questionnaire was used [21]. BDI-II contains 21 ques-
tions concerning: 1) sadness, 2) pessimism, 3) past fail-
ures, 4) loss of pleasure from things a man used to enjoy,
5) feelings of guilty, 6) feelings of punishment, 7)
self-dislike, 8) self-criticism, 9) suicidal thoughts and
wishes, 10) crying, 11) agitation, 12) loss of interest in
other people or activities, 13) indecisiveness, 14) worth-
lessness, 15) loss of energy, 16) changes in sleeping pat-
tern, 17) irritability, 18) changes in appetite, 19) concen-
tration difficulty, 20) tiredness or fatigue, and 21) loss of
interest in sex during past two weeks including a day of
meeting. Each answer was scored on a scale value of 0
to 3. Cutoffs used: 0-13—lack or minimal depression,
14-19—mild depression, 20-28—moderate depression,
29-63—severe depression.
Body weight and height, waist and hip circumference
and arterial blood pressure were measured using stan-
dard procedures. Calculated were body mass index (BMI
= weight/height2) and waist to hip ratio (WHR).
2.2. Hormone and Lipid Measurements
Single venous blood samples were taken in the morning
hours (8.00-10.00) in a fasting state, 12 hours after the
last meal. Serum was separated and stored at –80oC until
assayed at the end of the study, not longer than 6
Serum determinations of total testosterone, DHEA-S,
estradiol and sex hormone binding globulin (SHBG)
were performed. All hormones were measured using
chemiluminescence immunoassay (Immulite 1000, DPC,
USA). Detection limits were for: total testosterone—0.5
nmol/L, DHEA-S—3 μg/dl, estradiol—20 pmol/L and
SHBG—0.2 nmol/L. Free testosterone index (FTI) was
calculated as following: total testosterone/SHBG × 100.
Serum levels of total cholesterol (TC, normal range:
3.0-5.2 mmol/L), LDL cholesterol (LDL-C, normal
range: < 2.6 mmol/L), HDL cholesterol (HDL-C, normal
range: > 1.0 mmol/L), triglicerydes (TG, normal range: <
1.7 mmol/L), and glucose (normal range: 3.3-5.5 mmol/L)
were determined with the use of enzymatic methods
(Cobas Integra 800, Roche Diagnostics, Poland).
2.3. Statistical Analysis
All statistical analyses were performed using Statistica
for Windows PL software, version 8.0 (Statsoft, Cracow,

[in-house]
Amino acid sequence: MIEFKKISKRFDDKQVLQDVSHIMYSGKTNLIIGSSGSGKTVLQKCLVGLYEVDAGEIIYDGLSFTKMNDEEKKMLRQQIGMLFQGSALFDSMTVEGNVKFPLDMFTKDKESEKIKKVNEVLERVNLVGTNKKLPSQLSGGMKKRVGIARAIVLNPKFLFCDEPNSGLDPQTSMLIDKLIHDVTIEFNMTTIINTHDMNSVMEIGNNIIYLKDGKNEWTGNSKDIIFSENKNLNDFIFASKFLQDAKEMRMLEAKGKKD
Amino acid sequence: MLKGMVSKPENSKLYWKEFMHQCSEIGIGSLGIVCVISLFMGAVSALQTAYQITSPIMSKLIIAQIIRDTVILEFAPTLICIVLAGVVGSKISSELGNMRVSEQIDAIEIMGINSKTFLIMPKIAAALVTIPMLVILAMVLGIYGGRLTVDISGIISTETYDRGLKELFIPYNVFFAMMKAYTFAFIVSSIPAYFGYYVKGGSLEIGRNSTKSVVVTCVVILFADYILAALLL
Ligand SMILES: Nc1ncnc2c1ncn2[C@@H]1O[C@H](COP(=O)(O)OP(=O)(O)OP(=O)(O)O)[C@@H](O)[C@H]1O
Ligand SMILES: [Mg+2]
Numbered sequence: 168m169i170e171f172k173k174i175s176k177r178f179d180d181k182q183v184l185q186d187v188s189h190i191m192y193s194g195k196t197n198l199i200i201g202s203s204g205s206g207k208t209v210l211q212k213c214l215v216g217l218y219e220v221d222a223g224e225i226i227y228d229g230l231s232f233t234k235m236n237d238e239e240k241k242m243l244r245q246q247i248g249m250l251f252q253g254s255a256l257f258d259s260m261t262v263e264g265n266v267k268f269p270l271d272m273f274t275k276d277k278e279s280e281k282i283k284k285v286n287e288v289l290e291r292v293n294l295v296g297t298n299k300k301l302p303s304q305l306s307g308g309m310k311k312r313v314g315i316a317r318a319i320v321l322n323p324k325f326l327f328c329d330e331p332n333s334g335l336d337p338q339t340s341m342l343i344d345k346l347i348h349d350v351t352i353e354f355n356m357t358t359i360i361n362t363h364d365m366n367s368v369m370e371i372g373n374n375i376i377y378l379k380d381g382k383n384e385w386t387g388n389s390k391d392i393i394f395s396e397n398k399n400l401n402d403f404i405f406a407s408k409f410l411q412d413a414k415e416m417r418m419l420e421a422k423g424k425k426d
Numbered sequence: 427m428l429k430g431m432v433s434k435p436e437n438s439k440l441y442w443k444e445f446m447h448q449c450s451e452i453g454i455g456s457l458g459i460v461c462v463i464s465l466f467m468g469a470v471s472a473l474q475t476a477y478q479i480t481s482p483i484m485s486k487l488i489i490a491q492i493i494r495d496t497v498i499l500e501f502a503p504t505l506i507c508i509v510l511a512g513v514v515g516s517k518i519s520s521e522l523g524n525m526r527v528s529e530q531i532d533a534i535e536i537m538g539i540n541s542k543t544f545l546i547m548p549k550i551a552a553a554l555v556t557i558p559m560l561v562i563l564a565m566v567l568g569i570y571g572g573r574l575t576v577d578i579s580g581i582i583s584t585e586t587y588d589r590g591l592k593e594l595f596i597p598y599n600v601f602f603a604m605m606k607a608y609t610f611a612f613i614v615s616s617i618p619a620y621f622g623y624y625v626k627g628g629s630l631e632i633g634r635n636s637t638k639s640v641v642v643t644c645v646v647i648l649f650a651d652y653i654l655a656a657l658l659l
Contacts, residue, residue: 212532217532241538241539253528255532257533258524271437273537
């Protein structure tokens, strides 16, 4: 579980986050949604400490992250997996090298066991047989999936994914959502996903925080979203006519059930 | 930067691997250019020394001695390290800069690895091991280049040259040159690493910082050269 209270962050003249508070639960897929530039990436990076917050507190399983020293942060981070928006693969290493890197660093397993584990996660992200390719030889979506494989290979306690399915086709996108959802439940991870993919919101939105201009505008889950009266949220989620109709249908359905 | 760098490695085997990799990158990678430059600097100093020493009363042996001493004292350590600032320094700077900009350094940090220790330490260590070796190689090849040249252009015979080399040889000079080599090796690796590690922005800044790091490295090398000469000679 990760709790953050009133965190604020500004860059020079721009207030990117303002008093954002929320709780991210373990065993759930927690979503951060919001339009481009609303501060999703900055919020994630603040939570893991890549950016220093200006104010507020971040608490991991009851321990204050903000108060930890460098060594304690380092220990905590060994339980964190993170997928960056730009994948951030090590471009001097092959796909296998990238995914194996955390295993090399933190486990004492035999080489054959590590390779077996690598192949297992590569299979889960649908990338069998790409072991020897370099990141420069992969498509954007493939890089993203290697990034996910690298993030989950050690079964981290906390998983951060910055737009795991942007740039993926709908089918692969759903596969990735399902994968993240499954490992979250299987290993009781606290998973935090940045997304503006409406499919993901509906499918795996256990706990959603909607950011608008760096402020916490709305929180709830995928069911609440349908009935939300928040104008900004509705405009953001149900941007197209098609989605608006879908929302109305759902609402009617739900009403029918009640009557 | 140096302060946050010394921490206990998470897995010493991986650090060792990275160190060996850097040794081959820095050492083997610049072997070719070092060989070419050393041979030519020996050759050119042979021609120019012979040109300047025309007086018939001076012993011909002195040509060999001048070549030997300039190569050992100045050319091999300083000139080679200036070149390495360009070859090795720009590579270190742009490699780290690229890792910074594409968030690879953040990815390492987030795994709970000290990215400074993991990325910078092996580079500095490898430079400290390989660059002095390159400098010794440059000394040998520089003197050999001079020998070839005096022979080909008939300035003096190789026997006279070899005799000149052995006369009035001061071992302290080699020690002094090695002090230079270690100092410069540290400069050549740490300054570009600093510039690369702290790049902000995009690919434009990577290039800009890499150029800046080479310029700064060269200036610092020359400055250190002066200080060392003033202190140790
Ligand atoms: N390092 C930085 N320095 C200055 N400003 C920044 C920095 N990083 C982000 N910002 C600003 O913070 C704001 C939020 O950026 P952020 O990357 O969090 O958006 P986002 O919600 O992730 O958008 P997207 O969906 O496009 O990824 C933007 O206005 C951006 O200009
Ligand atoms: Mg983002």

Poland). Mean ± standard deviation (SD) and median
values have been used to express group data. Nonpara-
metric analysis (Mann-Whitney U-test) was applied for
comparison between groups after verification of values
distribution (ANOVA). Correlations were examined us-
ing Spearman’s linear regression analysis. P < 0.05 was
considered significant.
3. Results
Table 1 presents self-reported health and physical status.
General health significantly got worse in men aged
40-49 in comparison to younger ones. Significantly in-
creased BMI, WHR, systolic and diastolic blood pres-
sure were found also in this age band. One or more mor-
bidities were reported by 16 men. The most frequent
Table 1. Results of physical and self-reported health character-
Age band (years)
n = 44
n = 36
n= 56
General health
(score) 1.1 ± 1.5 1.8 ± 1.5 2.0 ± 1.3a
BMI (kg/m2) 24.7 ± 3.6 26.1 ± 3.7c 26.9 ± 3.9a
WHR 0.88 ± 0.1 0.92 ± 0.1 0.96 ± 0.1a
Systolic BP 131.5 ± 12.8 132.1 ± 13.5 142.9 ± 20.4a
Diastolic BP 76.9 ± 9.1 78.0 ± 9.6 88.3 ± 12.9a
ap < 0.001; cp < 0.05 vs. 20-29 age band; Mann-Whitney U-test; n –
number of subjects; BMI – body mass index; WHR – waist to hip ratio;
BP – blood pressure; CAD – coronary artery disease; GIU – gastroin-
testinal ulcer; BPH – benign prostate hyperplasia
E. Kramek et al. / HEALTH 2 (2010) 441-447
Copyright © 2010 SciRes. http://www.scirp.org/journal/HEALTH/Openly accessible at
were gastrointestinal ulcer (50%) and hypertension
(37.5%). Nobody used antidepressants, psychotropic
drugs, narcotics or lipid-lowering medications. None
was denoted as alcoholic or drug addict.
Mean serum levels of DHEA-S, estradiol, as well as
FTI, were significantly decreased, while SHBG in-
creased, in men aged 40-49 in comparison to men aged
20-29 as shown in Table 2. In men 30-39 years old
Table 2. Results of hormonal determinations and serum levels of lipids in men between 20 and 49 years of age.
Age band (years)
Hormones and lipids 20-29
n = 44
n = 36
n = 56
x SD 18.5 4.1 18.4 6.4 18.3 5.7
median 17.9 18.7 18.0
range 8.4-28.0 7.5-34.6 7.4-35.6
x SD 84.5 30.4 71.8 26.7c 45.5 13.8a
median 76.6 66.1 44.5
range 27.1-168.9 31.9-160.2 23.1-83.9
x SD 287.3 107.7 259.0 102.3 246.5 89.7c
median 251.5 233.0 229.5
range 107.0-572.0 129.0-572.0 88.4-456.9
x SD 124.5 41.1 100.3 36.9b 90.0 26.1a
median 117.3 93.5 87.6
range 45.5-208.8 44.1-178.1 45.3-164.4
x SD 24.0 8.4 27.8 12.8 43.3 19.4a
median 22.7 25.4 39.4
range 8.9-49.9 12.5-69.5 15.4-106.0
x SD 4.2 0.9 4.8 1.0b 6.1 0.9a
median 4.1 4.6 6.2
range 2.6-7.5 3.0-7.5 3.8-7.5
x SD 1.5 0.3 1.5 0.4 1.6 0.2c
median 1.4 1.5 1.6
range 0.9-2.3 0.9-2.4 1.2-2.6
x SD 2.2 0.8 2.7 0.9c 3.5 1.2a
median 2.2 2.5 3.3
range 1.0-5.0 1.2-5.3 1.2-6.1
x SD 1.1 0.7 1.5 1.2 1.9 1.2a
median 0.9 1.1 1.5
range 0.4-4.4 0.3-5.7 0.8-5.8
ap < 0.001; bp < 0.01; cp < 0.05 vs. 20-29 age band, Mann-Whitney U-test; n – number of subjects, x - mean value, SD - standard deviation;
TT – total testosterone; FTI – free testosterone index; DHEA-S – dehydroepiandrosterone sulphate; SHBG – sex hormone binding globuline;